characteristics of proteins.  The research community has highlighted the 
importance of developing sensitive, quantitative protein analysis technologies 
to complement these approaches.  No current technology allows both 
comprehensive identification and sensitive quantitation of proteins in human 
tissues.  Investigators are forced to choose between technologies that provide 
a non-quantitative, comprehensive profile of proteins and technologies that 
provide a quantitative measurement of a limited subset of proteins in a 
specimen.

Protein profiling will require knowledge of both the identity and relative 
abundance of all or a significant subset of proteins in tumors.  This 
knowledge will greatly enhance our understanding of molecular pathways 
involved in cancer development.  Measuring changes in the abundance of 
membrane-bound receptor proteins in human tumors is important since these 
proteins are involved in signaling cascades during cancer initiation or 
progression.  Detecting subtle changes in the abundance of proteins in tumors 
is also important because these changes may be key to biological processes in 
cancer development.  However, major technical challenges remain.  These 
include the quantitation of hydrophobic, membrane-bound proteins and the 
improvement in detection sensitivity for measurement of very low-abundance 
proteins.   Overcoming these technical challenges will allow the generation of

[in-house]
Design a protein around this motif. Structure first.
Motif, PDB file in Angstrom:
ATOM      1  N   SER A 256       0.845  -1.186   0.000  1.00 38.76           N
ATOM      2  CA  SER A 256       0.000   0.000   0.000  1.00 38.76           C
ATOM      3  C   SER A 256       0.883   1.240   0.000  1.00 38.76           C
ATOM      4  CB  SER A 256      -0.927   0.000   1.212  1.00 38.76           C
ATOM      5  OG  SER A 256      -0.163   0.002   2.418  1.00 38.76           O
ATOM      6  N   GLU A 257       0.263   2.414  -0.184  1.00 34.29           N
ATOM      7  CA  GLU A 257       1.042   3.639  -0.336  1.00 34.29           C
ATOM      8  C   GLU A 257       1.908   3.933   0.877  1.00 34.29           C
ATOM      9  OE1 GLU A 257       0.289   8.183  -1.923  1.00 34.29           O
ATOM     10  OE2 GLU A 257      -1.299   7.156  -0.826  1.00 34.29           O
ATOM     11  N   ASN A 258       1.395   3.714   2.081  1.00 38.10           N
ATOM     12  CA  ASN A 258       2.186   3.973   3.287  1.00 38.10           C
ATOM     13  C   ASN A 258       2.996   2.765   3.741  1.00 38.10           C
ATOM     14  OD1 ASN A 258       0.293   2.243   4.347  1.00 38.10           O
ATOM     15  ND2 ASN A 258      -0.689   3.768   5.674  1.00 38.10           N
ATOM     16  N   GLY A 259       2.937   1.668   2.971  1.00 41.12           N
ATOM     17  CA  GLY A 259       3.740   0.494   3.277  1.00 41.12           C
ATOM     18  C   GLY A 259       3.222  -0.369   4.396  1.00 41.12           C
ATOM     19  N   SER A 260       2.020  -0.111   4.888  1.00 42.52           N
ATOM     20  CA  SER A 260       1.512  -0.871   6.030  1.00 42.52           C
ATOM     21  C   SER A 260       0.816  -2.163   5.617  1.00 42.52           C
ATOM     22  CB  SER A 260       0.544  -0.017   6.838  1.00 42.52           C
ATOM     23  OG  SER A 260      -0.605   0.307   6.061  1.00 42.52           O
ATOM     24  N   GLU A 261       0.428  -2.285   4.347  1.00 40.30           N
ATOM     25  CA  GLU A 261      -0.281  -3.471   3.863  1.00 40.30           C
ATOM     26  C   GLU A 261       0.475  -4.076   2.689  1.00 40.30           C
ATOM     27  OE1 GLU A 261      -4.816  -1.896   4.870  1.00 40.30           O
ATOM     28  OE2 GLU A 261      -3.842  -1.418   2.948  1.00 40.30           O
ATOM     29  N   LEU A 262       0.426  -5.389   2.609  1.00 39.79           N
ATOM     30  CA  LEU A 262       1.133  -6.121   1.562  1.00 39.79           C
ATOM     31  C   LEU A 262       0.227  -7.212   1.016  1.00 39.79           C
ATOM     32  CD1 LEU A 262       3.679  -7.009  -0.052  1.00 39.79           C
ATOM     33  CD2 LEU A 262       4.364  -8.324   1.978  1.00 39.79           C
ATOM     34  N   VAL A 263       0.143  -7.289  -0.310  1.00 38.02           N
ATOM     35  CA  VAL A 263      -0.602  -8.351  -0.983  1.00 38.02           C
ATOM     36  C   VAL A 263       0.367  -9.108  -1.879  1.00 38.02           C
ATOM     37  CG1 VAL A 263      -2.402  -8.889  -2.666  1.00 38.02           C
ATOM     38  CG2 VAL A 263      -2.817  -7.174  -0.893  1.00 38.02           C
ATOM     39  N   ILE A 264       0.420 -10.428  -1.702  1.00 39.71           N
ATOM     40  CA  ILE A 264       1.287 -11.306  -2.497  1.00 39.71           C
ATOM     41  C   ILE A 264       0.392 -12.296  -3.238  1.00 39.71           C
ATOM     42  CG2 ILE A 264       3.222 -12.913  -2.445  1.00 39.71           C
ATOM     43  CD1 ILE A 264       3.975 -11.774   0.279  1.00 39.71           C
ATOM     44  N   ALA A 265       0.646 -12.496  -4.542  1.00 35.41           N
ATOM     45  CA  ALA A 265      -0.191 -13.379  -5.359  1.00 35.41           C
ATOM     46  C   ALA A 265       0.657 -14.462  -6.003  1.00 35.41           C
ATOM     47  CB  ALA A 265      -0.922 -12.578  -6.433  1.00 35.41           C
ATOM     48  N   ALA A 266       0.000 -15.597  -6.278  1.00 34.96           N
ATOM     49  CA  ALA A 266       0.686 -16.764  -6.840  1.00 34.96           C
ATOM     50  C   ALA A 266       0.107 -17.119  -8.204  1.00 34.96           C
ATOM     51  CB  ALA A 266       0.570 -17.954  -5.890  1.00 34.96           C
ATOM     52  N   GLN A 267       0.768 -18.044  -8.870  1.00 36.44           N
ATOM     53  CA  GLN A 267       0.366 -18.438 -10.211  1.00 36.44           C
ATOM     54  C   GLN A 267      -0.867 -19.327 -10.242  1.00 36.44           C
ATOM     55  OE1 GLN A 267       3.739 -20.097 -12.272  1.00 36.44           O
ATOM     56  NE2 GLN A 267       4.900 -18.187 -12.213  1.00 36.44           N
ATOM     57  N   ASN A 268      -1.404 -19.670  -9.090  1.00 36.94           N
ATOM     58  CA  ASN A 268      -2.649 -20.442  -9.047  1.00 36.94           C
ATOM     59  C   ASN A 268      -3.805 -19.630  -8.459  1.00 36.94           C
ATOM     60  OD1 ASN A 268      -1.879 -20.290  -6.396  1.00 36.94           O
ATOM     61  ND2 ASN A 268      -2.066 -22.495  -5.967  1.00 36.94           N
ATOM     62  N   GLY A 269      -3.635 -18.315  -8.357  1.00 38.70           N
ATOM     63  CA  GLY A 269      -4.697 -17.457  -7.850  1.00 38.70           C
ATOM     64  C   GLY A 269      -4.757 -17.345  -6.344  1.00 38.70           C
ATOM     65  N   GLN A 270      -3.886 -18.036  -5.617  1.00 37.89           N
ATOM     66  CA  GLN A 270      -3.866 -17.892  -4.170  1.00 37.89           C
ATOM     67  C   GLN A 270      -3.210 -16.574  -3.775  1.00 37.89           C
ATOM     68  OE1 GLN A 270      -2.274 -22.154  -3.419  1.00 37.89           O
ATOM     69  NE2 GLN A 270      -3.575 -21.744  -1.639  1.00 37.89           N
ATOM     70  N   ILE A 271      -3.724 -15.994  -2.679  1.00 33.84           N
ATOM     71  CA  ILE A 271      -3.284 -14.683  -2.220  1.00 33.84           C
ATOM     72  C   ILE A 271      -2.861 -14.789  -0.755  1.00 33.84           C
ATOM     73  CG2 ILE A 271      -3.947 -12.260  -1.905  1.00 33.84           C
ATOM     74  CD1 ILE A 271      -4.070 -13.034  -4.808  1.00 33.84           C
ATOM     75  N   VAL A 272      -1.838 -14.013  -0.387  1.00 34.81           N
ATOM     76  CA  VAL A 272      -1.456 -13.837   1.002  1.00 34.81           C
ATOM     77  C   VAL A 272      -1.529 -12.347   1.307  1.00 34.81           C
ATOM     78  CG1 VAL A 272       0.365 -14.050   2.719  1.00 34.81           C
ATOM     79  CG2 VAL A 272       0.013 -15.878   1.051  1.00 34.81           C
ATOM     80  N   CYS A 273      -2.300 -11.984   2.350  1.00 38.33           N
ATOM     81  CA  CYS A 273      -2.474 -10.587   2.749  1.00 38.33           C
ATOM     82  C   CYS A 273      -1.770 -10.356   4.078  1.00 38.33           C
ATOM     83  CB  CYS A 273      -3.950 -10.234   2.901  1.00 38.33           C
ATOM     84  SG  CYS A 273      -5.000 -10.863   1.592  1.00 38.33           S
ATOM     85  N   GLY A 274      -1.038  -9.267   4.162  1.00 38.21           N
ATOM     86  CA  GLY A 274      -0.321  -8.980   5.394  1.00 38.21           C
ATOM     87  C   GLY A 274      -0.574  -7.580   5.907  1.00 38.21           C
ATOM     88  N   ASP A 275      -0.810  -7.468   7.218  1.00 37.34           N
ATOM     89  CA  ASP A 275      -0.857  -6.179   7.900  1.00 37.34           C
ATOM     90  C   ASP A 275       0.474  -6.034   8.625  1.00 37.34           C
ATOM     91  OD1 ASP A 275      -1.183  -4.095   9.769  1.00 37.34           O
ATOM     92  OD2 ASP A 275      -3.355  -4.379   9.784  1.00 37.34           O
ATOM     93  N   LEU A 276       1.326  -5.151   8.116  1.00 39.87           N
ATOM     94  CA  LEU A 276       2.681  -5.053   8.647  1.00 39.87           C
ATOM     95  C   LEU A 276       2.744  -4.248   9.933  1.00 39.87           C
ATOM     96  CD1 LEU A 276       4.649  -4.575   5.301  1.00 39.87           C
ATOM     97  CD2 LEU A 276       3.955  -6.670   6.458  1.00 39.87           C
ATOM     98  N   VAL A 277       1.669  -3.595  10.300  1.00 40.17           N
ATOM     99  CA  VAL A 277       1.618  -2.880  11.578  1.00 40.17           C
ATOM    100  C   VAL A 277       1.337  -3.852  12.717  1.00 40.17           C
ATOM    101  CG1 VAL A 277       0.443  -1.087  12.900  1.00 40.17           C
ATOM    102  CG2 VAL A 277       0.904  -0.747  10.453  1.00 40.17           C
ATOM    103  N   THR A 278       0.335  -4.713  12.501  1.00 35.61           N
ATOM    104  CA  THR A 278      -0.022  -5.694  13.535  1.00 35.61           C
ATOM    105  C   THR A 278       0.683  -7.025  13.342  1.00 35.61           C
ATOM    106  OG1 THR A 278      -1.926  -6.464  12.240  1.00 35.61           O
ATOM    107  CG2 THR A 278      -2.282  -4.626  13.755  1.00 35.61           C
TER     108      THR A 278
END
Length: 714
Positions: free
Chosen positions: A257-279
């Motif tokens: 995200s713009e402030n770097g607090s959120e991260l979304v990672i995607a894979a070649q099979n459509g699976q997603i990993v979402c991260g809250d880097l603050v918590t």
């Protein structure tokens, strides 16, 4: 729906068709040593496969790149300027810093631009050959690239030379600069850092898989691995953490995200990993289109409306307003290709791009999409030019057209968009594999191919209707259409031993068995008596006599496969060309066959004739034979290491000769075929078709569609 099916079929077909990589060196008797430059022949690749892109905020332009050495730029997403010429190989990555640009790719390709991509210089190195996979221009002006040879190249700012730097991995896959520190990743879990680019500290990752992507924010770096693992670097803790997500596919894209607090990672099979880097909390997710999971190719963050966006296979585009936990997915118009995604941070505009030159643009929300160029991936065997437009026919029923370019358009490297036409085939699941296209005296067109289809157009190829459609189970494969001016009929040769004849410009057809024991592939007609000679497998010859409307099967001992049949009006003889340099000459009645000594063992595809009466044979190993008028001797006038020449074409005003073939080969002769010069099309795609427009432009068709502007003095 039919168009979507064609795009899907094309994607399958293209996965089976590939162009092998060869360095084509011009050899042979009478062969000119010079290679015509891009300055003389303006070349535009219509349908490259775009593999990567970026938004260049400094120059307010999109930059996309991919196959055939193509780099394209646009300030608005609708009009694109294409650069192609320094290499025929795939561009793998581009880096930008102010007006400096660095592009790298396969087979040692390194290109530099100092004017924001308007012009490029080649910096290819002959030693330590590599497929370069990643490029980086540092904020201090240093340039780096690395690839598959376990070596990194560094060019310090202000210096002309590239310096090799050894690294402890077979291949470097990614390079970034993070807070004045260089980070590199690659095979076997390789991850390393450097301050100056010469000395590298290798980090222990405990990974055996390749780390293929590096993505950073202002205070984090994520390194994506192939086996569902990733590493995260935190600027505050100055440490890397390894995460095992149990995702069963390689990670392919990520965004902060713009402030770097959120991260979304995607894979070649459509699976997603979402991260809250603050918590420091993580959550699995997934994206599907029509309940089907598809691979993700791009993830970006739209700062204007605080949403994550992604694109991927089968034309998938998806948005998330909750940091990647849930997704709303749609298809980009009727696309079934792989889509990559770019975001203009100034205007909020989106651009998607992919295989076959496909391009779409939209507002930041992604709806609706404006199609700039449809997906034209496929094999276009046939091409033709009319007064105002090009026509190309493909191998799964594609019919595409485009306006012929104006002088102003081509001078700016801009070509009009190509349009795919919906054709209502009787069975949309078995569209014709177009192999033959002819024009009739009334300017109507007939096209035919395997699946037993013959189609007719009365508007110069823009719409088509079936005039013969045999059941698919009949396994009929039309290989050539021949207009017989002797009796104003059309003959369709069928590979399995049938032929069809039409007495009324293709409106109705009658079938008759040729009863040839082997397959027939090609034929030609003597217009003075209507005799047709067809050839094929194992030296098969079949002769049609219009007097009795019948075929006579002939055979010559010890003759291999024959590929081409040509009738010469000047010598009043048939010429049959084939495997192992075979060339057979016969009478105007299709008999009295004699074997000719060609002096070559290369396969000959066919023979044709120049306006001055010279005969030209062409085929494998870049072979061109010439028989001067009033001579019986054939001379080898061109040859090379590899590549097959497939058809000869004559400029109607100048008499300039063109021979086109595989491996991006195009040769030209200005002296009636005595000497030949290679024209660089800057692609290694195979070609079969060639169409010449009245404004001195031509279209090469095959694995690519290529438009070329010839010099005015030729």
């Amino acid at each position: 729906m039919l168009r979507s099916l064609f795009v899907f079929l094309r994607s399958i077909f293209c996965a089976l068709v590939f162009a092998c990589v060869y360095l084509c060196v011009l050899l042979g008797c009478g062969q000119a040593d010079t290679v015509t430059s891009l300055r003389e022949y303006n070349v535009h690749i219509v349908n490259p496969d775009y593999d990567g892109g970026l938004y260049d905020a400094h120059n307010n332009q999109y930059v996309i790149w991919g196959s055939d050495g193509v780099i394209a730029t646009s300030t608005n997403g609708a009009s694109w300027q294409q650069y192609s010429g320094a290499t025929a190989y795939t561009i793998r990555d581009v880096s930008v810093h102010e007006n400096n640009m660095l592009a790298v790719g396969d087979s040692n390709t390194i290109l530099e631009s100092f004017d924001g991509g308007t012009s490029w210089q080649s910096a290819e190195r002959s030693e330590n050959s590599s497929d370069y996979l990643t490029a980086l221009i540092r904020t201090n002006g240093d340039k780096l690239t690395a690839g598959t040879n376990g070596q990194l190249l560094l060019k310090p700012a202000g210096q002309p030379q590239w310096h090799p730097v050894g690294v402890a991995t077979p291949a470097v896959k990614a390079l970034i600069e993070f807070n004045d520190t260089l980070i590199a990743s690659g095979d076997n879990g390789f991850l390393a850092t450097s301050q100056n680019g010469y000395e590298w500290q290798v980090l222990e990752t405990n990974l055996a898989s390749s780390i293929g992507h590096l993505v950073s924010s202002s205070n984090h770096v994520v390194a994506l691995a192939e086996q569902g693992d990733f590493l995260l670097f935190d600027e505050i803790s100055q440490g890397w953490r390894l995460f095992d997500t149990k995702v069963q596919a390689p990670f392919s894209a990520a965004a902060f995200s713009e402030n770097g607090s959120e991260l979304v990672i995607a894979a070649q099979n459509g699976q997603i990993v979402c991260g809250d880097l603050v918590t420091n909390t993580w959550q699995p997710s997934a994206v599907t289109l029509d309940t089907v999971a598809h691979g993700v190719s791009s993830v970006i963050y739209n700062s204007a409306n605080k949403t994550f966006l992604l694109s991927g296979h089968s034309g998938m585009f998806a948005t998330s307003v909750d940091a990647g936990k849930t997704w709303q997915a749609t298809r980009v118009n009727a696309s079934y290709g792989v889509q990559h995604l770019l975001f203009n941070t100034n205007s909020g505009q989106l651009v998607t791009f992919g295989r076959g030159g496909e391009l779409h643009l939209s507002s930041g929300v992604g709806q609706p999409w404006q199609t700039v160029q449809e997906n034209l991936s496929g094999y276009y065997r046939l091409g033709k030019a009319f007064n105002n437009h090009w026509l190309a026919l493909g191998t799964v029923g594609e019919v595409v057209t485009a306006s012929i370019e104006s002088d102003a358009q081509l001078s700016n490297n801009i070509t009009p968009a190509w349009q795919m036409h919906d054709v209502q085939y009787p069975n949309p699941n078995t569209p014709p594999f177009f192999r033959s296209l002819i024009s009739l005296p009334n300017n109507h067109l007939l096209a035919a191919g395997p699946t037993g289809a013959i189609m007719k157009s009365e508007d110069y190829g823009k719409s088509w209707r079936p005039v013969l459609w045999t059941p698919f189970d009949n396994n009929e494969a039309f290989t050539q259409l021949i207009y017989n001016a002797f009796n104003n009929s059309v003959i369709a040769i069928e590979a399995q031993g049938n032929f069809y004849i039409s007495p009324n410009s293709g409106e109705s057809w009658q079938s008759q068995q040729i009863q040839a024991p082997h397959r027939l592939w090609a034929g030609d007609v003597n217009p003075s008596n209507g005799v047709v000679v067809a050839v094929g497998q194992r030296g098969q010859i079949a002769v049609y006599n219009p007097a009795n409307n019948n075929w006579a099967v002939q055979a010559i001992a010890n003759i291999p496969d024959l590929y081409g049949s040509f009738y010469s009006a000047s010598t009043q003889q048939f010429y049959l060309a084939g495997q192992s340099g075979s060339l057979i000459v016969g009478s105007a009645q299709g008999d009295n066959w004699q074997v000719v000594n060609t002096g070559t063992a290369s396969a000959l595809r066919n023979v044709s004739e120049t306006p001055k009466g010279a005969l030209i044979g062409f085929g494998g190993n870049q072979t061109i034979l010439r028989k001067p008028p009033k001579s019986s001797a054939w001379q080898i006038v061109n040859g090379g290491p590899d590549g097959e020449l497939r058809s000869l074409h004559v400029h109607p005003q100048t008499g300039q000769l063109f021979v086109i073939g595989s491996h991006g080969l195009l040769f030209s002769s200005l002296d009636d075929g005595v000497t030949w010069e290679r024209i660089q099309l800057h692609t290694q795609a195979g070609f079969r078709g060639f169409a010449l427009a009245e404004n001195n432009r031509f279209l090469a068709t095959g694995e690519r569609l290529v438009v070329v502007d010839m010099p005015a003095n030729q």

informative protein profiles that have the potential to improve clinical 
decisions regarding diagnosis, prognosis, and selection of therapy for 
individual cancer patients.

Post-translational modifications of proteins are critical to their function.  
Certain key information about the functional status of these proteins can be 
obtained only from the identification and quantitation of biologically active, 
properly modified proteins following the processing of inactive or unmodified 
translation products.  Quantitative information about differentially 
phosphorylated proteins, differentially glycosylated membrane-bound proteins, 
and processing of precursor proteins into functional proteases, cytokines, and 
growth factors will allow investigators to gain increased understanding of the 
altered biological processes associated with the various stages of cancer 
development.

Research Goals and Scope

This Request for Applications (RFA) is intended to stimulate the initiation 
and/or continued development of high-risk/high-impact technologies that target